North Korea Confirms It Tested ICBM, Touts ‘Fatal Nuclear Counterattack’
10:20 JST, February 19, 2023
SEOUL (Reuters) — North Korea said on Sunday it had tested a Hwasong-15 intercontinental ballistic missile (ICBM) the previous day in a “sudden launching drill” that confirmed its readiness for “mobile and mighty counterattack” against hostile forces.
North Korea launched a long-range ballistic missile into the sea off Japan’s west coast on Saturday afternoon after warning of a strong response to upcoming military drills by South Korea and the United States.
The surprise ICBM launching drill … is an actual proof of the DPRK strategic nuclear force’s consistent efforts to turn its capacity of fatal nuclear counterattack on the hostile forces into the irresistible one, the state news agency KCNA said. DPRK stands for North Korea’s official name, the Democratic People’s Republic of Korea.
In a separate statement on Sunday, North Korean leader Kim Jong Un’s sister, Kim Yo Jong, bristled at the United States for trying to turn the U.N. Security Council into what she called a “tool for its heinous hostile policy” toward Pyongyang.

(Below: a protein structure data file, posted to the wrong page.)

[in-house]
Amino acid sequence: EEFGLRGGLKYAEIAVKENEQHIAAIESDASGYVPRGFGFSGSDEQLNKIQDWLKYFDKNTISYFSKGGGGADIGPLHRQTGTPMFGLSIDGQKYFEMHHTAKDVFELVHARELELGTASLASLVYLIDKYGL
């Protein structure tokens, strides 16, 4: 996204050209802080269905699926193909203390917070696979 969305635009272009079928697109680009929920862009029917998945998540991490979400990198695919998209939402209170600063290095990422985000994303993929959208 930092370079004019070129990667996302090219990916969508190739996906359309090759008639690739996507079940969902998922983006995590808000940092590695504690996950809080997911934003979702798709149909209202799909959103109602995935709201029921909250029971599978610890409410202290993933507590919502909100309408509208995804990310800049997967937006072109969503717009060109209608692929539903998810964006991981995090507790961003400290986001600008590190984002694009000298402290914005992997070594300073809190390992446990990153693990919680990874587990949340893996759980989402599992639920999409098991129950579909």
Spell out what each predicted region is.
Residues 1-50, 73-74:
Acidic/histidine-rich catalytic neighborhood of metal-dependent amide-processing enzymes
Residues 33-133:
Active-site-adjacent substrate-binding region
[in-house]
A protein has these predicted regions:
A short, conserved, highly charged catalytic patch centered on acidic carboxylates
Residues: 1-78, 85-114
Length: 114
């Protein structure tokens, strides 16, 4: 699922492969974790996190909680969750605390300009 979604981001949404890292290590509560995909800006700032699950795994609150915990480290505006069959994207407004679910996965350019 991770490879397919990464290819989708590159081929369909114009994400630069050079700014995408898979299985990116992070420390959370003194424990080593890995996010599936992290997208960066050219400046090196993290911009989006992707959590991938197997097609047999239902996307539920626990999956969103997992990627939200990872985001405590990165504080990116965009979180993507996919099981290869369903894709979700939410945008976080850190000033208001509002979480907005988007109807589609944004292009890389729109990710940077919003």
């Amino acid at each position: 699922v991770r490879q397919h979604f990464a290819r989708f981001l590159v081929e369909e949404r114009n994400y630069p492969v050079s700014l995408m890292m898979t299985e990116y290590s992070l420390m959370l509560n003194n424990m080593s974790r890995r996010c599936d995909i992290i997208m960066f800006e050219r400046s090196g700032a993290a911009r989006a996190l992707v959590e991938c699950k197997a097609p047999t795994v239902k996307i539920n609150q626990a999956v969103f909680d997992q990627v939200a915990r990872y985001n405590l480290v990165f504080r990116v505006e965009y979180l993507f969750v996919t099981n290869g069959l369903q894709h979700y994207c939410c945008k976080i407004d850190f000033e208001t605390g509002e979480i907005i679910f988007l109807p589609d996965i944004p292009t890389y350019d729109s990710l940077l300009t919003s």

I warn that we will watch every movement of the enemy and take corresponding and very powerful and overwhelming counteraction against its every move hostile to us, she said.
Saturday’s missile test, the North’s first missile firing since Jan. 1, came after Pyongyang threatened on Friday an “unprecedentedly persistent, strong” response as South Korea and the United States gear up for annual military exercises as part of efforts to fend off the North’s growing nuclear and missile threats.
The state news agency said the missile flew 989 km (614 miles) for 4,015 seconds, up to a maximum altitude of 5,768 km (3,584 miles) before accurately hitting a pre-set area in open waters. Hwasong-15 was first tested in 2017.
The launch, guided by the Missile General Bureau, was conducted on an “emergency firepower combat standby order” given at dawn, followed by a written order by Kim Jong Un, the KCNA said.
The flag of the missile bureau was first spotted in state media recently, suggesting the North may have created a military unit tasked with operating new ICBMs.
The important bit here is that the exercise was ordered day-of, without warning to the crew involved, said Ankit Panda, a missile expert at the United States–based Carnegie Endowment for International Peace. “The amount of time between the order and the launch is likely going to be decreased with additional testing.”
The military unit got an “excellent mark” over the test and the North’s ruling party “highly appreciated the actual war capacity of the ICBM units which are ready for mobile and mighty counterattack,” KCNA added.
Analysts say North Korea is likely to conduct more weapons tests, including a possible new solid-fuel missile, which could help the North deploy its missiles faster in the event of a war.
North Korea’s ballistic missile and nuclear weapons programs are banned under U.N. Security Council resolutions, but Pyongyang says its weapons development is necessary to counter “hostile policies” by Washington and its allies.
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